Update: Samoa's deputy PM quits cabinet over land and title bills
Apia, SAMOA — Samoan deputy prime minister has quit Cabinet and the country's Human Rights Protection Party, in a defection over controversial proposals to amend the constitution.
Fiame Naomi Mata'afa, who is also natural resources minister, quit on Friday after meeting with constituents over the three bills, which would alter the power of the land and titles court.
She said she could not bring herself to support them, which prompted the prime minister, Tuilaepa Sailele Malielegaoi, to tell state radio she would no longer be welcome in the party.
"I don't mind [she] doesn't approve [of the bills]," Tuilaepa told radio 2AP. "That is her decision, which means she is no longer with the party."
Several MPs had already quit the party over the bills, including the former speaker of Parliament La'auli Leauatea Polataivao, who has since formed his own political party.
That party, the Fa'atuatua i Le Atua Samoa ua Tasi (FAST), has since consolidated with two other opposition parties to form one of the most significant challenges to the HRPP in decades.
Fiame, who was Samoa's first woman minister and deputy prime minister, will stay in parliament as an independent MP until next year's election, said Autagavaia Tipi Autagavaia, RNZ Pacific's correspondent in Apia.
He said to lose a deputy prime minister is a significant defection from the HRPP, which has ruled Samoa for nearly 40 years, and an embarrassing blow for the prime minister, who has been in charge since 1998 but is under sustained pressure over the bills.
"Now we see the result of all this controversy," he said. "The deputy prime minister stepping down from a party she was loyal to for so many years."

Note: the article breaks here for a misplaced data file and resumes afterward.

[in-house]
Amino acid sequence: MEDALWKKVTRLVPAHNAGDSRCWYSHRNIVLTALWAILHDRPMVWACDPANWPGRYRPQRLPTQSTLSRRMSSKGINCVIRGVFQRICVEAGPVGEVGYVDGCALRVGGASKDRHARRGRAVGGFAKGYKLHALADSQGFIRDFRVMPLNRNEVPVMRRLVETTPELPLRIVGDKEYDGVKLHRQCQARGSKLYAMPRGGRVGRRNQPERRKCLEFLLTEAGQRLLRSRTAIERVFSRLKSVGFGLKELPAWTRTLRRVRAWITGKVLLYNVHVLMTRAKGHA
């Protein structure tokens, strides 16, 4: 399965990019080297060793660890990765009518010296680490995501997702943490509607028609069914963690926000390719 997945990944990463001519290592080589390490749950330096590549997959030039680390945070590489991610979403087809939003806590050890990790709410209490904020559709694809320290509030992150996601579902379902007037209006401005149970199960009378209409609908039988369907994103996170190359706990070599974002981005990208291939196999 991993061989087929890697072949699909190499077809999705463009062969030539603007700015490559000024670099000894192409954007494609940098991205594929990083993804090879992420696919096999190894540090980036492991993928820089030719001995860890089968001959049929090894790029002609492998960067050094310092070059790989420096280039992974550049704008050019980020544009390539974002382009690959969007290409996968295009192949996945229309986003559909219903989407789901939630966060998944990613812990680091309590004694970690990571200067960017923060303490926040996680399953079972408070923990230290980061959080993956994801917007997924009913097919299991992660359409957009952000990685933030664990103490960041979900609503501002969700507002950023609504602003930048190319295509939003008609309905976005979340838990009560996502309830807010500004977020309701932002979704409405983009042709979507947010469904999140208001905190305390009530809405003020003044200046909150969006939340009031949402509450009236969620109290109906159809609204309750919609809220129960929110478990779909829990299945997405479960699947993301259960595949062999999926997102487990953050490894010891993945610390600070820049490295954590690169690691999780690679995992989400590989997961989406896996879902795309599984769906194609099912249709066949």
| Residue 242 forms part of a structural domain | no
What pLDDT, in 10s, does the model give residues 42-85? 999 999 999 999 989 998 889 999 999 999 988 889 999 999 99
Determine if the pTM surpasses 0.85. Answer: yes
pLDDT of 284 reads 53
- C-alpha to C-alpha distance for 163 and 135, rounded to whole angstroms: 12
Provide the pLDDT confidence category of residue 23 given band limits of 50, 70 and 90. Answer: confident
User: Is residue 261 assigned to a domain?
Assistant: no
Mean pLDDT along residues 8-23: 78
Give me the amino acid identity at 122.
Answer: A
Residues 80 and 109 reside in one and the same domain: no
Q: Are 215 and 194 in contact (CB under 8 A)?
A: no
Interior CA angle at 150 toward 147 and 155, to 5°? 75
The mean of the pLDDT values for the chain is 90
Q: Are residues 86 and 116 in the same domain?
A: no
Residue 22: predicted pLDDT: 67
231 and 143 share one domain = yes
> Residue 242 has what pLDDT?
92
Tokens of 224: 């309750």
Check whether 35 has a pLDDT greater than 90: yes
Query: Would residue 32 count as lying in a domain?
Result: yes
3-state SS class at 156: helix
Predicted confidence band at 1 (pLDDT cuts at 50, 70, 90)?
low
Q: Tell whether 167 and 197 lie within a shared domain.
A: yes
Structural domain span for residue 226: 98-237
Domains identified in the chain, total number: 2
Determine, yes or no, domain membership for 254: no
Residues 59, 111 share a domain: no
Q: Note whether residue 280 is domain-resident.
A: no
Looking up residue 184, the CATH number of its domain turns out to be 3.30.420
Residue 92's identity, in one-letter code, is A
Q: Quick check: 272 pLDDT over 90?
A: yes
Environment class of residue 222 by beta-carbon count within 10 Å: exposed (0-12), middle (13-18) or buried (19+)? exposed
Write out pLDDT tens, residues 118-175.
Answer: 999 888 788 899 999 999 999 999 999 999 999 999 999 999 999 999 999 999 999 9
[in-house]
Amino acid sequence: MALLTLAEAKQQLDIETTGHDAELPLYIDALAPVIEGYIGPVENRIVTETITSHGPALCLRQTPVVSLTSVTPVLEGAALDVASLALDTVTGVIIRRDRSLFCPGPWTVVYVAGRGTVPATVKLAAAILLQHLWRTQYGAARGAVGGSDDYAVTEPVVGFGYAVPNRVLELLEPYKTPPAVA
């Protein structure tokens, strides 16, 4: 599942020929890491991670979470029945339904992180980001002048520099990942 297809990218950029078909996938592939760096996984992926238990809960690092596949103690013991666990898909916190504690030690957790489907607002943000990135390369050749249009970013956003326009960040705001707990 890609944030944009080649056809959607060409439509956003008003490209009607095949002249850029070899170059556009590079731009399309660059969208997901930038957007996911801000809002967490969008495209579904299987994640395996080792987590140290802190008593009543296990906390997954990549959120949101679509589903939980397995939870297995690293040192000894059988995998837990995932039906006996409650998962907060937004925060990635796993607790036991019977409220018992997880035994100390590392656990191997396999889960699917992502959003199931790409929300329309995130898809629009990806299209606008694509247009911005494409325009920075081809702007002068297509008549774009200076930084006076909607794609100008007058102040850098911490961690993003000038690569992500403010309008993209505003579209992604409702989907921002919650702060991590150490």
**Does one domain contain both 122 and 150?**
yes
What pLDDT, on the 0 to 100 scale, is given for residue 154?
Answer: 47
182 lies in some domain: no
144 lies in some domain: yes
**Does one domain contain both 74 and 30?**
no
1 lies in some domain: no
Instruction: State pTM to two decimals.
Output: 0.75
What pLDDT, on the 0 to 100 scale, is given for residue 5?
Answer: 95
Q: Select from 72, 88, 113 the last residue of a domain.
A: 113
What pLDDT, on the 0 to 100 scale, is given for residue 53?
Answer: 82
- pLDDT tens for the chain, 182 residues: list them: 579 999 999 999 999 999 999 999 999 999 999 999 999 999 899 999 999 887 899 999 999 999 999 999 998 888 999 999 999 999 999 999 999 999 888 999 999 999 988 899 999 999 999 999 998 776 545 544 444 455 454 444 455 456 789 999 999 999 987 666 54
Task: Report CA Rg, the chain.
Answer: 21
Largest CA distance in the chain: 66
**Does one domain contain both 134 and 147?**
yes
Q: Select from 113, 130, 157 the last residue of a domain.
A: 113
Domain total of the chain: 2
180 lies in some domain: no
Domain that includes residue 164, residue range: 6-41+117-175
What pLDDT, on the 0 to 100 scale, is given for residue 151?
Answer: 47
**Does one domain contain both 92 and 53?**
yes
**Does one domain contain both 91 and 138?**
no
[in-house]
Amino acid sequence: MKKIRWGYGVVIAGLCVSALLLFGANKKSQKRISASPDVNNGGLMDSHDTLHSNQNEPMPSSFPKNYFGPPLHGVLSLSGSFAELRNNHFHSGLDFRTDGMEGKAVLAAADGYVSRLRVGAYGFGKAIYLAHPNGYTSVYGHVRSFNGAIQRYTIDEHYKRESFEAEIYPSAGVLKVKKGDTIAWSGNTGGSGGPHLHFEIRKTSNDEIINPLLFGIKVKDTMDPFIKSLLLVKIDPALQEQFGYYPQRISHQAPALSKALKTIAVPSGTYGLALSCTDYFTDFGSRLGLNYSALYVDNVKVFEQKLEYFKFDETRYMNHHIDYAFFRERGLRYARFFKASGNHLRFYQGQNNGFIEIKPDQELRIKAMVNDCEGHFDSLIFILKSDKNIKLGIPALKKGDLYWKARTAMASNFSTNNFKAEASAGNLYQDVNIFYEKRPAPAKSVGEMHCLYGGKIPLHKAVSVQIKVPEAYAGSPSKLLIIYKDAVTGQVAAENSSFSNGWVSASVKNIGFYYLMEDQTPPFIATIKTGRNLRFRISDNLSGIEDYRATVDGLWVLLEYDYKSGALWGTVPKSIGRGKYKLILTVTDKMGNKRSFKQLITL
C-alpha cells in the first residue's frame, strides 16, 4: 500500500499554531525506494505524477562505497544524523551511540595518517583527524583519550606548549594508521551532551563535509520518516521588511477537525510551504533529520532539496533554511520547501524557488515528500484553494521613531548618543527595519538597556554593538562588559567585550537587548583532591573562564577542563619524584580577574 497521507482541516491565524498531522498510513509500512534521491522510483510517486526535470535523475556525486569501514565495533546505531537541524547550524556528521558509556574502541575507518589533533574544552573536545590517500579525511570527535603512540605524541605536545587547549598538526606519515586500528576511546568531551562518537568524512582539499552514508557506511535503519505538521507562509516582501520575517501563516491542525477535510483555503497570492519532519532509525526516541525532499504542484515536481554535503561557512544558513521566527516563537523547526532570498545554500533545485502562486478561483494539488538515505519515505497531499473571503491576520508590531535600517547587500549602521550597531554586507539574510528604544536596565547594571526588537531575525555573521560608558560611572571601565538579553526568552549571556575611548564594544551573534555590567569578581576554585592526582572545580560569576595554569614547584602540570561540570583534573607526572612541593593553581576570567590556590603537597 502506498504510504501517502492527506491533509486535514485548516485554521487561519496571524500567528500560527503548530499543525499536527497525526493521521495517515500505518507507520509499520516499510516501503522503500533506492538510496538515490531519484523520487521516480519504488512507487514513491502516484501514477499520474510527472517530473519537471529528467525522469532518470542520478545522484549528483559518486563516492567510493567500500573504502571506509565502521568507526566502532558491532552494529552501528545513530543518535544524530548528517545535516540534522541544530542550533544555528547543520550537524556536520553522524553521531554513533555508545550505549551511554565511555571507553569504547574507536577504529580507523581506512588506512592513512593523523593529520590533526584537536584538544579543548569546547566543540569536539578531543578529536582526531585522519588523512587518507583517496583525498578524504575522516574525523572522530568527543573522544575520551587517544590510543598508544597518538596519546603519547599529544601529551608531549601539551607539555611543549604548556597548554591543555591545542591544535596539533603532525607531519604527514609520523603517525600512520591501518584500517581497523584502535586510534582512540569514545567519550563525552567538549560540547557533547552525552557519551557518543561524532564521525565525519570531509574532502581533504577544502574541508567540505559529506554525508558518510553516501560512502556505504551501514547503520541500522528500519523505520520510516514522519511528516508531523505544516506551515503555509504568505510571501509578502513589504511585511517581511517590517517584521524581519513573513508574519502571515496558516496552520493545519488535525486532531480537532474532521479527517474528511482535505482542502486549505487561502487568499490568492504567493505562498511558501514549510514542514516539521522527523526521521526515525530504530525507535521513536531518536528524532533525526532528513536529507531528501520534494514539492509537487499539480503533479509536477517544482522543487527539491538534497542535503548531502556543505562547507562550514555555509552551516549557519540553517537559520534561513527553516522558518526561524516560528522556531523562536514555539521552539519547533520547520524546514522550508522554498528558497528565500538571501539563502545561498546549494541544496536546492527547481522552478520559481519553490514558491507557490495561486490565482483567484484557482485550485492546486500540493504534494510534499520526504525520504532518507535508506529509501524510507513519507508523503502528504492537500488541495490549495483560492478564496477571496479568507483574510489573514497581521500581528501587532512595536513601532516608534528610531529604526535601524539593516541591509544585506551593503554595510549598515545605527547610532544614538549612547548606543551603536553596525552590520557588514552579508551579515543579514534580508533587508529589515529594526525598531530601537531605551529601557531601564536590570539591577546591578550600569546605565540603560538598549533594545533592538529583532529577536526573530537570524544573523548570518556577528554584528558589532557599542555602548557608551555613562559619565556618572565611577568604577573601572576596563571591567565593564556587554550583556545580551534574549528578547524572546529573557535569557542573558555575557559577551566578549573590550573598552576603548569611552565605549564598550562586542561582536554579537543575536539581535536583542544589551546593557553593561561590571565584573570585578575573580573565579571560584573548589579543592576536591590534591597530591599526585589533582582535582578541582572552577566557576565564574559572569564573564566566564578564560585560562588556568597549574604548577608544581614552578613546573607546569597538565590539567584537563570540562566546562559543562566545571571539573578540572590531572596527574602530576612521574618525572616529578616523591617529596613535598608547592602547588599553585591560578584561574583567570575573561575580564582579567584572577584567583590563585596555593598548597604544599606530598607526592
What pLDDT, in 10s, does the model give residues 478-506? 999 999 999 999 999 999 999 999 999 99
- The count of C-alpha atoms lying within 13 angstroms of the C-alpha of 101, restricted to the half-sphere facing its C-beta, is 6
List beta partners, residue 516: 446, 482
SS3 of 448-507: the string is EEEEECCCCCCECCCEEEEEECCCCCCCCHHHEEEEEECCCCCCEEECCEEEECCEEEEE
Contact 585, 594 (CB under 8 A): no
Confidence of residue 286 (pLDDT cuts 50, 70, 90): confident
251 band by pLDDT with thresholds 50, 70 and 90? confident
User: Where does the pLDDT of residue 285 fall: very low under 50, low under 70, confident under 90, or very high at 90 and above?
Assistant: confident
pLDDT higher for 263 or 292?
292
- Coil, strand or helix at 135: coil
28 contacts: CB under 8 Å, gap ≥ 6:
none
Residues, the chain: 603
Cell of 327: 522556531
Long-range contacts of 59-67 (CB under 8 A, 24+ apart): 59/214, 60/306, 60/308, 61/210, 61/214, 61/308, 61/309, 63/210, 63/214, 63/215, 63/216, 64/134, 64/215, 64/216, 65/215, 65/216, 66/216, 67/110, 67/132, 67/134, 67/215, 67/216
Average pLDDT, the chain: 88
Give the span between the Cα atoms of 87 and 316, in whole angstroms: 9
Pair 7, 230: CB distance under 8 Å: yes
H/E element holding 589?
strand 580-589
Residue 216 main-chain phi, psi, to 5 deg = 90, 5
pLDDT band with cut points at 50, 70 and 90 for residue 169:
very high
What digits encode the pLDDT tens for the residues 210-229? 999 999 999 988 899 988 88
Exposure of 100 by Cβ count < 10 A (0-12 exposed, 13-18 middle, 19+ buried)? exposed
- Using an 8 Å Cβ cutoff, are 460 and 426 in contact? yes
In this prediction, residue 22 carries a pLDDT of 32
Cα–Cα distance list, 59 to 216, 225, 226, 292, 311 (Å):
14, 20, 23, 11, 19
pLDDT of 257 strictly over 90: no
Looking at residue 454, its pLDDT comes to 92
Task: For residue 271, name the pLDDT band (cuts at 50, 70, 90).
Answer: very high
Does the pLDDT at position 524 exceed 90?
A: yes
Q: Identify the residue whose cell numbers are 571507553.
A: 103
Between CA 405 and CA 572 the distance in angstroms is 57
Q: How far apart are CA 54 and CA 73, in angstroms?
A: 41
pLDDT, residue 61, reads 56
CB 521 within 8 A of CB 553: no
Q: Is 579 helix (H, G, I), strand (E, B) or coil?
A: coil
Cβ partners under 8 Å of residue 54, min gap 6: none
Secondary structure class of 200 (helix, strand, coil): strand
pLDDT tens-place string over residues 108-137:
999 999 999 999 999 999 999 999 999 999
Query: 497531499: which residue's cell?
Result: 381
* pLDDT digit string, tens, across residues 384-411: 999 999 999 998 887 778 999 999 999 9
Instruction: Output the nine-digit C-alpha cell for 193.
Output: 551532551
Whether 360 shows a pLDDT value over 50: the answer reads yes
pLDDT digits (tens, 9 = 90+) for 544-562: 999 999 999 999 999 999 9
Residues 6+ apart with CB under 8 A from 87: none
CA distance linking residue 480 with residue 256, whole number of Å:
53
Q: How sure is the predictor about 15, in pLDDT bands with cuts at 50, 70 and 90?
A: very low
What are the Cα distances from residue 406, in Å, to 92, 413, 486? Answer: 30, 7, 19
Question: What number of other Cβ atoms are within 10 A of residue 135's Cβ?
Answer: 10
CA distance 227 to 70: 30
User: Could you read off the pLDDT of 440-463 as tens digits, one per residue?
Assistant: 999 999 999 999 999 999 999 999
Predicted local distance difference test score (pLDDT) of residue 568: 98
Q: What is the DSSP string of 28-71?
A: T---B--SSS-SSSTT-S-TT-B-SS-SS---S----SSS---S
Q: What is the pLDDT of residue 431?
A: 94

While Samoa Observer is reporting she has no intention of joining another party, in an exclusive interview with talamua.com Fiame speaks of remaining an Independent until next year (2021) when elections arrive, and she will then meet with her constituency, crossing that bridge when it comes.
As of yesterday, Fiame was cleaning out her ‘desk’ and returning all government assets. She is no longer a Cabinet member, but remains an Independent MP.
This morning RNZ Pacific is reporting Fiame saying the implication of joining another party now that she has left the governing HRPP was that she would lose her seat immediately which she did not want.
Fiame has made it clear she wants to run in next April's Elections and says she has discussed this with her former leader and Prime Minister, Tuila'epa Sa'ilele Malielegaoi.
A senior New Zealand university lecturer in Samoan studies says the government's land reform bill is not in the best interests of Samoan people.
The government proposes to introduce an official register of land holdings maintained by the state that guarantees title to those named on the register for public and freehold land only.
But Galumalemana Afeleti Hunkin at Victoria University in Wellington says the government is driven by an economic agenda to start individualizing land titles.
He is appealing to members of parliament to consider all land in Samoa to be sacred and questions the finer details of the bill.
"Now I think basically it’s wrong for government to rush and try to pass this bill because it has this timetable of an economic nature. What legal requirements are there in the bill? Nobody's seen the bill and the government has put a hold onto it before people can look at it and investigate to see what is in it."
The leader of the Samoa Party, Su'a Rimoni Ah Chong, has warned that traditional land is under threat if the government's Land Reform Bill is passed.
The former Chief Auditor says the land bill places ownership on the individual rather than the heirs of a family title.
Su'a said the emphasis of the bill is on the individual who holds the title instead of the family who are collectively the true owners.
Su'a believes that the whole country is not fully aware of the constitutional rights of traditional ownership that is now at risk.
The proposed legislation would place communal land ownership on the current holder of a chiefly title.
Su'a warned that the title holder can make out a will giving ownership to his/her children who will in turn become the legal owners of the land.
This essentially cuts out other members of the larger extended family who are heirs to the matai title.